Glisglis – a Roman gift and a recipe for a festive dormouse

Time for the History Jar Advent calendar and this year it’s festive foods and beverages.

In Ancient Rome dormice were kept in large terracotta pots called gliaria. And then they were fed hazelnuts, walnuts, cheese and pine nuts. Pliny says that they liked beechnuts as well. Erm – and then having been lovingly fattened up they were cooked. “There were also dormice rolled in honey and poppy-seed,” notes Petronius on one occasion. And I wouldn’t worry about the Roman rodent pots having an exercise wheel or not, apparently the glisglis sleeps for seven months of the year.

A glirarium exhibited at the National Archaeological Museum in Chiusi.

And before we all get carried away with the idea of Romans eating tiny dormouse at Saturnalia – their midwinter festival- it should be remembered that these dormice, the edible dormouse, are substantially larger than our native species.

glisglis- the edible dormouse- which is not native to the UK arrived in Tring in 1902 as part of Lord Rothschild’s wildlife collection…it escaped and can now be found in parts of the South East. They are protected by the Wildlife and Countryside Act 1981, so no giving them away to your guests to be fattened up.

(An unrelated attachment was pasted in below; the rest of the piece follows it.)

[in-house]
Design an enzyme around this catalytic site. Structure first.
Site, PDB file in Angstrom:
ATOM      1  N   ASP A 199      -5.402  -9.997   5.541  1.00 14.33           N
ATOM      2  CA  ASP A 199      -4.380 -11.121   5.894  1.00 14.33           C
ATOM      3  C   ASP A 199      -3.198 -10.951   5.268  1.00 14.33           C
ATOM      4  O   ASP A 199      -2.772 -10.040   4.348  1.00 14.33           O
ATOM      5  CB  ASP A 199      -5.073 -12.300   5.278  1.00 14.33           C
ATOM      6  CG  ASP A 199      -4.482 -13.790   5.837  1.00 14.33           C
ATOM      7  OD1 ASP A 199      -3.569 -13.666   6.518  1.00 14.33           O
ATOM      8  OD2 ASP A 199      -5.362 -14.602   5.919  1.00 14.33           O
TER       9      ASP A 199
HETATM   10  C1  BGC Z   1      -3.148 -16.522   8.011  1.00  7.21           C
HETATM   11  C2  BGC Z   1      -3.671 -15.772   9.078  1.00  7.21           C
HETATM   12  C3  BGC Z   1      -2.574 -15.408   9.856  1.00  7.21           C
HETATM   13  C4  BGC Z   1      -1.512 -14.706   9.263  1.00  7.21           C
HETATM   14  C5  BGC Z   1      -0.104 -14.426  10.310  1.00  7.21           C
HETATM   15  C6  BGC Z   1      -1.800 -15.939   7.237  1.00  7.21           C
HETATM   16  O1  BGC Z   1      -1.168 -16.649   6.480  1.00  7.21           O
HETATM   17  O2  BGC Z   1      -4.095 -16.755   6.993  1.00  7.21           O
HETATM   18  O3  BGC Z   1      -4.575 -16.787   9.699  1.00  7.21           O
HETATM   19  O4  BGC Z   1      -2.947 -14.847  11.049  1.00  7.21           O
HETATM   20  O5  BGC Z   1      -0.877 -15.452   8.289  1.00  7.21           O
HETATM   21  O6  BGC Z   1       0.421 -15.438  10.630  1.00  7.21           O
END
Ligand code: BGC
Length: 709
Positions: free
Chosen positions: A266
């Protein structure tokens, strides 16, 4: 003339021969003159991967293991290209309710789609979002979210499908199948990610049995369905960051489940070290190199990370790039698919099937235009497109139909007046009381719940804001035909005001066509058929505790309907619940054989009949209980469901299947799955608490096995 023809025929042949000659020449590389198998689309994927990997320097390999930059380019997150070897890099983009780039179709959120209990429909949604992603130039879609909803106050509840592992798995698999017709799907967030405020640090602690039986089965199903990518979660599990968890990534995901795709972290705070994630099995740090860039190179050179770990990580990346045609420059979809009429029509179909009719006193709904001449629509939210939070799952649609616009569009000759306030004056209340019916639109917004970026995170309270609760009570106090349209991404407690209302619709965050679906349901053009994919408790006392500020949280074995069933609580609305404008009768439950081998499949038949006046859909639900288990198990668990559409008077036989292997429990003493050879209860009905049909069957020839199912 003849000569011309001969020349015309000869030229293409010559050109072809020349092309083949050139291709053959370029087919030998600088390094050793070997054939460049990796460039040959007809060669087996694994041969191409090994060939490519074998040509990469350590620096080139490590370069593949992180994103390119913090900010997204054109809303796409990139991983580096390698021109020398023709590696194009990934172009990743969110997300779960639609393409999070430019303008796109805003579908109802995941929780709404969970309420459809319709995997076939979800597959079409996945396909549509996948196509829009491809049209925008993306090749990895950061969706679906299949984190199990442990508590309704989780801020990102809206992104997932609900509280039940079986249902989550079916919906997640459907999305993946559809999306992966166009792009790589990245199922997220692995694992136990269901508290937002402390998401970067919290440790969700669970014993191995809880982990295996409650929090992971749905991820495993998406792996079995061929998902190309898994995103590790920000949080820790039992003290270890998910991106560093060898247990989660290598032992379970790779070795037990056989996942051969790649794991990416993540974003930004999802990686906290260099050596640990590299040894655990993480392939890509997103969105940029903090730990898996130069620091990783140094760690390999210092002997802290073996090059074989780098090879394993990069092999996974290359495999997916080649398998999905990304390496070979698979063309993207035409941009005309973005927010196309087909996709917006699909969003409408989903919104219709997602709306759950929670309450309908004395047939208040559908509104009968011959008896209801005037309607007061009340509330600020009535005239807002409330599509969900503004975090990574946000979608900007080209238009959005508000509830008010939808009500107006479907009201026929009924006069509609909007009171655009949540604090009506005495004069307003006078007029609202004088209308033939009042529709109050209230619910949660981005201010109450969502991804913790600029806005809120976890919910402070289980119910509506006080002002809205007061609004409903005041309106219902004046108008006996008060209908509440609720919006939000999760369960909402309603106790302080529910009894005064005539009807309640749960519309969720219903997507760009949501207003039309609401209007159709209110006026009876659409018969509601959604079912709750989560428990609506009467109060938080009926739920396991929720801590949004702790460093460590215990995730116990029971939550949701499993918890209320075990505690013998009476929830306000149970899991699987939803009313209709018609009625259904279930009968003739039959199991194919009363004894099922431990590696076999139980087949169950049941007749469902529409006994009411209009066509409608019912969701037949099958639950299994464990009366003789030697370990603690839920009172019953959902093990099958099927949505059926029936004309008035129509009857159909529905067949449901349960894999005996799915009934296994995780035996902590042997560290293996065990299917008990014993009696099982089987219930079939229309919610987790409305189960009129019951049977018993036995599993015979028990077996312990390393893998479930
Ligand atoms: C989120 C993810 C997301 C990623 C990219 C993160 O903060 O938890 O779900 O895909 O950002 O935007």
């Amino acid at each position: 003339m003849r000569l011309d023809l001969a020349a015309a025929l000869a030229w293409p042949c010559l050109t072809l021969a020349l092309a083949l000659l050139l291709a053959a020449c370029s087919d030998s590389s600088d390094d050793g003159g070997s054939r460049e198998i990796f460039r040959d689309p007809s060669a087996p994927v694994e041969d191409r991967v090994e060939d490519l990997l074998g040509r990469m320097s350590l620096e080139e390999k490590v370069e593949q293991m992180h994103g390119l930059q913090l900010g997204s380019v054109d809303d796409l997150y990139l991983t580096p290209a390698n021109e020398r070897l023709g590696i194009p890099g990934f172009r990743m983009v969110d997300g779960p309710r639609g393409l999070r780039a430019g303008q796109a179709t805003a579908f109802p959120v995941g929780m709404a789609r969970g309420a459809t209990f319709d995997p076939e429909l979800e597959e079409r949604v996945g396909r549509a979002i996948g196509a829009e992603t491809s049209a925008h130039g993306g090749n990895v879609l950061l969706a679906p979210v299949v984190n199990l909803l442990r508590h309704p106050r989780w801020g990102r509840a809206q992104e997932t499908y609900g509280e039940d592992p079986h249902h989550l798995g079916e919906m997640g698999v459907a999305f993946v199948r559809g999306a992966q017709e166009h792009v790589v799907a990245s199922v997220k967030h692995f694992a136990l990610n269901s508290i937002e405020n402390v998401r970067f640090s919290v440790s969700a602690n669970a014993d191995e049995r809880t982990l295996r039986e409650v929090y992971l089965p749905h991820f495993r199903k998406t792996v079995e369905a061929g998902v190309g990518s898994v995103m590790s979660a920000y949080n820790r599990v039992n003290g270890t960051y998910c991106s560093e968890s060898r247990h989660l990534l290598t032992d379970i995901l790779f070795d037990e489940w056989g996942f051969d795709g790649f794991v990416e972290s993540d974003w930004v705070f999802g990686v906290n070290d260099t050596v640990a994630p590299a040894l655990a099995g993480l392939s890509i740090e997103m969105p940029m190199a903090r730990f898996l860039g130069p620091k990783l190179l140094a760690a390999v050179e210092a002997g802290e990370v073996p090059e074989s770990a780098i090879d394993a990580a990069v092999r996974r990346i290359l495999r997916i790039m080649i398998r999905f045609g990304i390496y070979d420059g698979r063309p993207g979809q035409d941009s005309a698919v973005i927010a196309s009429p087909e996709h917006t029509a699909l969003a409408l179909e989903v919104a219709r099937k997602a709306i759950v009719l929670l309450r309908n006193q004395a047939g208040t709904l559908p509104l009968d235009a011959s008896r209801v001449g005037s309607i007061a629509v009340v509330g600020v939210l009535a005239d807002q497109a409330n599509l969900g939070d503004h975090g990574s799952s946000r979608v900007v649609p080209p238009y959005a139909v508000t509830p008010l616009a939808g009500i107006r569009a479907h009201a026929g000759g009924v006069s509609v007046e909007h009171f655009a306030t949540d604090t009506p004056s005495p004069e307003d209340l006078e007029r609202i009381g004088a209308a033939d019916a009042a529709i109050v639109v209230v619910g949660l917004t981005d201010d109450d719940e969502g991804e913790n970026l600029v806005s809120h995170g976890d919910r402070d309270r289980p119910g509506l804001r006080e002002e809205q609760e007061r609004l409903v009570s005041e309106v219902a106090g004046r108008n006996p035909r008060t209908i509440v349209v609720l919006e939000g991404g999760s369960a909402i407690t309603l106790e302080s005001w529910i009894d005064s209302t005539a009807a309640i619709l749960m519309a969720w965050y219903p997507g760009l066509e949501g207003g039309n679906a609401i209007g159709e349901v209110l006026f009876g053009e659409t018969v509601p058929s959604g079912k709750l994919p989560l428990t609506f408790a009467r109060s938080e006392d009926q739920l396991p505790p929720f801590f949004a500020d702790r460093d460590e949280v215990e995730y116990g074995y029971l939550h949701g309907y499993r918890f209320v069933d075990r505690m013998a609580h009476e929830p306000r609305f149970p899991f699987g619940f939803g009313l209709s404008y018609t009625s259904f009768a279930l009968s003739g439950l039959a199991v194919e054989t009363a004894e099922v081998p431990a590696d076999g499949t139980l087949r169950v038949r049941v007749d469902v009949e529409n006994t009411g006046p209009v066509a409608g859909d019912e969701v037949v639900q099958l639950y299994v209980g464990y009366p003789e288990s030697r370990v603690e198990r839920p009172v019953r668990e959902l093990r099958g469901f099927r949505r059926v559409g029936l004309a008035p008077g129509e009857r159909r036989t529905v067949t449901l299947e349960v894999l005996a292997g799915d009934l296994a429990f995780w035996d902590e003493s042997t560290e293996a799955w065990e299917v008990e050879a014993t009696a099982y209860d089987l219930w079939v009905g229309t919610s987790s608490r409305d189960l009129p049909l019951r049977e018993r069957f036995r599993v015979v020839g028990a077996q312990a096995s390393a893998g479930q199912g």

The Roman cookbook entitled Apicius has the following recipe:

Stuff the dormice with minced pork as well as the flesh from all of the dormouse’s limbs, together with ground pepper, pine nuts, laser and liquamen and place them sewn up on a clay tile in the oven or cook them in a roasting pan.

Martial identifies dormice as a potential gift for guests but the Emperor Claudius banned this item from Martial’s list of 223 possible Saturnalia guest gifts as being too extravagant.

From the Lewis Carroll memorial window All Saints Church, Daresbury, Cheshire.

The dormouse being stuffed into the teapot is not an edible dormouse and thus not a suitable midwinter gift for an Ancient Roman or indeed anyone else for that matter.

Io Saturnalia!